Nicotinic acetylcholine receptors are very widely expressed both in the central nervous system (brain and spinal cord) and in the peripheral nervous system (the somatic and autonomic nervous systems). In the central nervous system, nerves generally make connections with one another but in the periphery they also make connections with muscles and glands. The activation of nicotinic receptors in the brain by acetylcholine has a number of important roles, particularly the regulation of several phenomena that are generally termed “cognitive functions”. In the peripheral nervous system somatic nerves that utilize acetylcholine innervate many of our muscles where they activate nicotinic receptors and make muscles contract. In the autonomic nervous system nerves usually pass through a way station called an autonomic ganglion before continuing on to their final destinations. The nerves that innervate these autonomic ganglia are also cholinergic and activate nicotinic receptors within the ganglia.

When acetylcholine, or a drug like nicotine, activates a nicotinic receptor it usually has an excitatory effect. By this one means that it encourages the target nerve or cell to fire an action potential. The way it does this is to “depolarize” the target cell, bringing it closer to the threshold for firing an action potential. How does activation of a nicotinic receptor produce depolarization? The nicotinic receptor is actually a complex of protein molecules that act as an ion channel. Normally the channel is closed, but when it is activated by acetylcholine it opens briefly and allows positively charged sodium ions to pour into the cell and positively charged potassium ions to pour out of the cell. The movement of these ions is what is responsible for the observed depolarization and the reduction of the electrical potential difference across the cell membrane.

Finally, we need to answer one last question. What is the precise structure of the nicotinic receptor that allows it to function as an ion channel and to be activated by acetylcholine? The answer is that the receptor is made up of five protein molecules or “subunits” (Fig. 3). These are arranged like the staves of a barrel with a hole down the middle. Normally the hole is occluded but when acetylcholine interacts with the proteins that make up the channel they change their shape slightly, dilating the hole at the center of the channel so that it is fully opened and sodium and potassium ions can flow through it until it closes again.

Fig. 3: The nicotinic acetylcholine receptor consists of five subunits surrounding a central pore

The proteins that are used for constructing nicotinic receptors throughout the body are very similar and so all nicotinic receptors work more or less the same way wherever they are found.  However, there are some small differences in the structures of the proteins in different parts of the nervous system, resulting in receptors that have unique properties. Sometimes we find that nature has provided us with natural products, such as molecules found in some snake venoms, which can target a particular type of nicotinic receptor and block it. This is one way in which animals like snakes can paralyze their prey. These molecules are very useful to scientists performing studies where they wish to identify a specific nicotinic receptor subtype with a particular molecular structure.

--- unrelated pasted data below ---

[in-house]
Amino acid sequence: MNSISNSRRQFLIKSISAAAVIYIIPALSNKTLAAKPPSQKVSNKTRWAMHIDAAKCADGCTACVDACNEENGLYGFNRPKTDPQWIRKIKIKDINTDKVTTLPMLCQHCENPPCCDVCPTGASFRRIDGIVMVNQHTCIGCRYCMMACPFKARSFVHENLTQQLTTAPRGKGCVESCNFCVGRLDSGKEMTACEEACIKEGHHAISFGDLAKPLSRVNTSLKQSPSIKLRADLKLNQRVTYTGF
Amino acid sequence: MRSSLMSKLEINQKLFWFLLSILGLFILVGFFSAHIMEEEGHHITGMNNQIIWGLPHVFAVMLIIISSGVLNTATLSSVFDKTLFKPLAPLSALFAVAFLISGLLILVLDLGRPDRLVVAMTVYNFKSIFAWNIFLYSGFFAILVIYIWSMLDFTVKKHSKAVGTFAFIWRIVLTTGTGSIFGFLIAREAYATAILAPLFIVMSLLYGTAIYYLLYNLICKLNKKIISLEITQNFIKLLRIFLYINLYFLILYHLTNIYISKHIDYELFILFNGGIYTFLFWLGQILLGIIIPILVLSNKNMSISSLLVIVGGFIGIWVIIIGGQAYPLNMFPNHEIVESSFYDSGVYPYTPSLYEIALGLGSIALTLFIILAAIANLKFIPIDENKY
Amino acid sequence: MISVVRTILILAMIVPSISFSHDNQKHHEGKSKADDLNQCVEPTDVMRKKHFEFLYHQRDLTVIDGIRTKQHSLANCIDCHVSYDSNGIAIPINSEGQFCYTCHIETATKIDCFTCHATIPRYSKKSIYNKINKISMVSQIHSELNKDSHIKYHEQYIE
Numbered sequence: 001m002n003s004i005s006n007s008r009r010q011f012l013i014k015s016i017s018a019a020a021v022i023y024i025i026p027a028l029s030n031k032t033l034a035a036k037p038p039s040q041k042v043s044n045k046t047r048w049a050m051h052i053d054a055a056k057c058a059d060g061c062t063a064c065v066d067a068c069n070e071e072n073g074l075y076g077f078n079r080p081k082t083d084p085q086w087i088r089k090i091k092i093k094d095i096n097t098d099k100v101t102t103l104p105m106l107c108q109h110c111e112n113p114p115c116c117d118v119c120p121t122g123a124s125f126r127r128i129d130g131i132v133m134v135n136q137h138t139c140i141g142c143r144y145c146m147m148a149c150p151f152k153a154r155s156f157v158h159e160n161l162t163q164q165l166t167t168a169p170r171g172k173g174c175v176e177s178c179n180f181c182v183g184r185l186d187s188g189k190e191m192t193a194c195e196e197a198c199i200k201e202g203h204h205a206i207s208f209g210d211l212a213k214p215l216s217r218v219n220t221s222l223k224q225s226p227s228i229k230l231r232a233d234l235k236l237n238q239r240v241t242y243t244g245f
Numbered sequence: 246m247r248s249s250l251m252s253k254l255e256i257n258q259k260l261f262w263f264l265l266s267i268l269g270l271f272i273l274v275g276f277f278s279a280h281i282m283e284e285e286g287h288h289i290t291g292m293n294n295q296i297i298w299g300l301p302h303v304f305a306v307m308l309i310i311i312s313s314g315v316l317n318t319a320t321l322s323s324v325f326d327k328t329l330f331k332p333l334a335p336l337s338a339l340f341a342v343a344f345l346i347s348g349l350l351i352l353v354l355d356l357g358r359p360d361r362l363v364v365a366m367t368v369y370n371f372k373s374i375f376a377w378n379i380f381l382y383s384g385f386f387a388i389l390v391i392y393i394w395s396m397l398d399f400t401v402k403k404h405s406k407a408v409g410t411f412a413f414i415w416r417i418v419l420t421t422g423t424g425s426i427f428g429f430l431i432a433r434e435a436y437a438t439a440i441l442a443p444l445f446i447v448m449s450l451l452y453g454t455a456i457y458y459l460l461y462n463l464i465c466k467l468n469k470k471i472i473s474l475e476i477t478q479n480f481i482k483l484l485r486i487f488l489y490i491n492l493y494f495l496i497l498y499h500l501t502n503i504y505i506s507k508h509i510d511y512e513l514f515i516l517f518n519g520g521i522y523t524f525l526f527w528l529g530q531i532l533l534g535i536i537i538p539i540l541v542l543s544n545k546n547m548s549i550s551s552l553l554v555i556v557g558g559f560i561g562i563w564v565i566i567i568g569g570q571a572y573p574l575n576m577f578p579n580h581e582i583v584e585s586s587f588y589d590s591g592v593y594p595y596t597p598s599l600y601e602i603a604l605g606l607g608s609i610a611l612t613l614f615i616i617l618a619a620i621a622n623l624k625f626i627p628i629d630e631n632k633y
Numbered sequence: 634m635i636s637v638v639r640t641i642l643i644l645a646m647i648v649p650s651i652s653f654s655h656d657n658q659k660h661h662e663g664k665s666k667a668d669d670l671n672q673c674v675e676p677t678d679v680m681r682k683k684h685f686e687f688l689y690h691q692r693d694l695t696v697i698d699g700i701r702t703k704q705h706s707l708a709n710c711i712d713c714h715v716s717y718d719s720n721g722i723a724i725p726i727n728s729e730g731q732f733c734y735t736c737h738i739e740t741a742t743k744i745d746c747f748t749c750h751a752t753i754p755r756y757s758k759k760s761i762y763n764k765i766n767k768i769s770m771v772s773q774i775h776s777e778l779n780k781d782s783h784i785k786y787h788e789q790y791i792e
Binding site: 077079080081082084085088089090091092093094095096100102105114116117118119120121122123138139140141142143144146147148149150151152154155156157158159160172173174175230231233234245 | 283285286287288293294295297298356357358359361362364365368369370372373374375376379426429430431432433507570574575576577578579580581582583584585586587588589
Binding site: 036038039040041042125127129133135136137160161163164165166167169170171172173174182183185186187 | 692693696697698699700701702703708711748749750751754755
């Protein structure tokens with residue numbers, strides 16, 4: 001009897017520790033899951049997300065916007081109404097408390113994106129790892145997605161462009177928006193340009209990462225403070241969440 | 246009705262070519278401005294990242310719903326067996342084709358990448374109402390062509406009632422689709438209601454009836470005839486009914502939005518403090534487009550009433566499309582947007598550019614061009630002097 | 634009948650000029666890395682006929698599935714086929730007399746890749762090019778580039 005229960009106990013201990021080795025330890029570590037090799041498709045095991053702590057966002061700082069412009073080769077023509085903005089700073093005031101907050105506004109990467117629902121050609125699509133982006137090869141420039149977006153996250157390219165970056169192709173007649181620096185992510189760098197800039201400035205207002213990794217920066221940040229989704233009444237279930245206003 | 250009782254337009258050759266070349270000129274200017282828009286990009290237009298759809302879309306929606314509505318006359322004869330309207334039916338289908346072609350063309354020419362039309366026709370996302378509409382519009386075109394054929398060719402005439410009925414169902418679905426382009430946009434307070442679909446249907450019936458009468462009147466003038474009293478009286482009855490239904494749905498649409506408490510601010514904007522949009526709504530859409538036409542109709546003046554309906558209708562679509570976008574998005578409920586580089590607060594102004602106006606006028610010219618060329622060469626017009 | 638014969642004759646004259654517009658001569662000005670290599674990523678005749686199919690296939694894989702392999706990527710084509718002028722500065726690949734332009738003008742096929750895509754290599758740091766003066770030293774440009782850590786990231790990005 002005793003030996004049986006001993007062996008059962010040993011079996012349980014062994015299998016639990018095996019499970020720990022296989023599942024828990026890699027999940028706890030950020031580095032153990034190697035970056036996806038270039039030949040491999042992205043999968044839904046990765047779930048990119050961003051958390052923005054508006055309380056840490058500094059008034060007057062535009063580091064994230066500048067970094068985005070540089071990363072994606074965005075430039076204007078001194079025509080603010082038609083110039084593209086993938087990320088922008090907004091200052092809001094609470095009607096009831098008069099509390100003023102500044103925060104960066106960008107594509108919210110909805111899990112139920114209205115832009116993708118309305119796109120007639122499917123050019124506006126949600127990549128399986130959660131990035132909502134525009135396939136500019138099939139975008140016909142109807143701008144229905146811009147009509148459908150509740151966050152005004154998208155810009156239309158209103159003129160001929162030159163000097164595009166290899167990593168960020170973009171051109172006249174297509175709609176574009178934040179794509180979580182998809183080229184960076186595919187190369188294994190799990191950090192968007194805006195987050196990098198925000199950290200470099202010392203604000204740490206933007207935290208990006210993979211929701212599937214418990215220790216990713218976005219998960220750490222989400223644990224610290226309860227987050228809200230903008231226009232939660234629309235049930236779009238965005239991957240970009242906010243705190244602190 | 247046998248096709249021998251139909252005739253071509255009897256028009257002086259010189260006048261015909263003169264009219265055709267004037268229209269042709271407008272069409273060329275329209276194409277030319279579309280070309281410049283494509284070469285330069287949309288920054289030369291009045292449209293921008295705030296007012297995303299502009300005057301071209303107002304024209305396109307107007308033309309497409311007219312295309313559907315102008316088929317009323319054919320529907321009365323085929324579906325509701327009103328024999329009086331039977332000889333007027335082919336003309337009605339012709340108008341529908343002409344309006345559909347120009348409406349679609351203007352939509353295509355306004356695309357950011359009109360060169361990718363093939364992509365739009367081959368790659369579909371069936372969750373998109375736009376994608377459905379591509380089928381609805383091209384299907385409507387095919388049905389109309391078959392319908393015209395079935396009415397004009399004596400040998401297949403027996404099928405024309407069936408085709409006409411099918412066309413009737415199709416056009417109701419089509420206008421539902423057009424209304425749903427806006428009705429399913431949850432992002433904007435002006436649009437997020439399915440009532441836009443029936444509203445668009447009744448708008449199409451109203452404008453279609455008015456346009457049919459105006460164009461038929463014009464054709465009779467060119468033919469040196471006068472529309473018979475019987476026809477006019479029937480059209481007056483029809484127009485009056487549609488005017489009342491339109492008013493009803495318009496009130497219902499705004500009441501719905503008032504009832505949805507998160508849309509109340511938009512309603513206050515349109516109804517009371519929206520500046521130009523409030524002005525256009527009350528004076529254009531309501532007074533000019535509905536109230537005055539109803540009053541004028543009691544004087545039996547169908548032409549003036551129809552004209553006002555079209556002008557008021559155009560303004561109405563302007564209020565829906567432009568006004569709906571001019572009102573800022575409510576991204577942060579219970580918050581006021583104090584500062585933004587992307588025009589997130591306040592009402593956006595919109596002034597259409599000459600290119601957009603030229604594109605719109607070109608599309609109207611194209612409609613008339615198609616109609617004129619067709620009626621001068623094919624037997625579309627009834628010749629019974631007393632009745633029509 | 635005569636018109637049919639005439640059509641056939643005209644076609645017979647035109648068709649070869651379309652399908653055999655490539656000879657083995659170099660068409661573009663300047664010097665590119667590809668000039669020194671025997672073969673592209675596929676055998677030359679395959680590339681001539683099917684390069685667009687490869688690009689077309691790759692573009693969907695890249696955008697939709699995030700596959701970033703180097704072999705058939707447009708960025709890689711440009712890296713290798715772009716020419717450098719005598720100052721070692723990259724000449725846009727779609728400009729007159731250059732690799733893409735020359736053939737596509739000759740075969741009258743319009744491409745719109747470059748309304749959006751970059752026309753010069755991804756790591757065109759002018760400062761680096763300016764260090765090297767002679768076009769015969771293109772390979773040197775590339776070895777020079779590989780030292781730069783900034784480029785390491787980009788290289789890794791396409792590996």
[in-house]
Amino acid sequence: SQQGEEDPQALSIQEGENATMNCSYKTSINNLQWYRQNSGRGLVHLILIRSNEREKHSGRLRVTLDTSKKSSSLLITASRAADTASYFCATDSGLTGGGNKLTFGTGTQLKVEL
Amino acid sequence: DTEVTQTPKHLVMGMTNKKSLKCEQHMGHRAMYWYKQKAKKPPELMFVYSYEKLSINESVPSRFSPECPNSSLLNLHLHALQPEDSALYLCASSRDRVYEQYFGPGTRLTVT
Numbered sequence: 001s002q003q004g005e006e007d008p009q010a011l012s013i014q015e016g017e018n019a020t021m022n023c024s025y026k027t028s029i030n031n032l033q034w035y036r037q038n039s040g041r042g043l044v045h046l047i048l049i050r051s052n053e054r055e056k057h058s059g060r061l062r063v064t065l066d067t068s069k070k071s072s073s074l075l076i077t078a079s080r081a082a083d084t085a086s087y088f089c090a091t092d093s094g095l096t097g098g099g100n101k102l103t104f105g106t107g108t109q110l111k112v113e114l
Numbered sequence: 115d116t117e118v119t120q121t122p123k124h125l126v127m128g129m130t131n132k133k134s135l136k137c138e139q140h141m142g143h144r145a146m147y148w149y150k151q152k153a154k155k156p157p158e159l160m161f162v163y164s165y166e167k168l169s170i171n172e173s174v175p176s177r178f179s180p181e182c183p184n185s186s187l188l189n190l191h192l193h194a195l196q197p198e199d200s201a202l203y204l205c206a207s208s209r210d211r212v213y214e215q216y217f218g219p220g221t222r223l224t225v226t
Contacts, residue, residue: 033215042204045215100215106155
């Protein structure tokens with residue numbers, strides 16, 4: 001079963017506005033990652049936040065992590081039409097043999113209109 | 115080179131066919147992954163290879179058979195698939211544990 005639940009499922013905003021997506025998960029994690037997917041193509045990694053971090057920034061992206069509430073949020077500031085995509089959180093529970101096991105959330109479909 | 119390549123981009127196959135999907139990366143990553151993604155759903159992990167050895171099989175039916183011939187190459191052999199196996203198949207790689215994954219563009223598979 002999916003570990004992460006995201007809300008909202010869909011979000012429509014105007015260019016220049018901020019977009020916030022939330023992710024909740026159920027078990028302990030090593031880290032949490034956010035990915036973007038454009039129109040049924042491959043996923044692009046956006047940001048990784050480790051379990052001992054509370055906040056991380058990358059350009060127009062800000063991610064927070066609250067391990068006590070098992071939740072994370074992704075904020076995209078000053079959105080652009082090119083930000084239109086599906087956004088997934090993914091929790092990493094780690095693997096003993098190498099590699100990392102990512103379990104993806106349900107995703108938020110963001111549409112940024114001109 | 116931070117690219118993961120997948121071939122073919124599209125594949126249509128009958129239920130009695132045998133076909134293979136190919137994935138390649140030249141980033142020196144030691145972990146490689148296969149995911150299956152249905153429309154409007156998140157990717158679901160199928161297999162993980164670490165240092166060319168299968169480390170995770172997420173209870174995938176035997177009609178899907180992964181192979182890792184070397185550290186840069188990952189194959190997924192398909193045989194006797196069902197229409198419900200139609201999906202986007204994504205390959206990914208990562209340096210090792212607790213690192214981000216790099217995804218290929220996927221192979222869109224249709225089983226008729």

Do insects have nicotinic receptors? The answer is that they do. Acetylcholine acting at nicotinic receptors has many important functions in the nervous system of insects. One would therefore imagine that applying drugs like nicotine to insects might well be toxic to them just as it can be to humans. This was first realized several hundred years ago. Tobacco was first used as an insecticide in 1690, a soluble extract of tobacco being applied to infested pear trees in France. Tobacco water and tobacco powder were recommended in 1763 as a remedy for plant lice in France and were used successfully in 1773 against aphids and red spiders in England. By 1800 tobacco was in common use as an insecticide in England. For example, tobacco dust could be blown from a device similar to a hair dryer on to aphid infested trees and infested leaves were dipped into a strong tobacco solution. The first recorded use of tobacco as an insecticide in America was in Albany in 1814, when tobacco water was used for getting rid of aphids. In the same year, a force pump was employed to squirt tobacco water onto caterpillars in England. Tobacco extracts were also used as fumigant insecticides in which nicotine containing smoke was spread across crops or orchards. In 1773 tobacco was put into an iron pipe which was heated and the smoke from it was blown onto infested plants by the use of a bellows. In 1800 it was reported that a pair of bellows was used to force smoke under a tent which had been put over nut trees infested with aphids. In 1828 a tent on wheels was put over a grapevine trellis and in 1839 growers were advised to burn paper saturated with tobacco extract under a tent stretched over peach and nectarine trees to kill aphids. As the Industrial Revolution advanced so did the technology for the use of insecticides.  In 1851 a fumigator which burned tobacco and ejected the smoke was invented and put over rose bushes infested with aphids.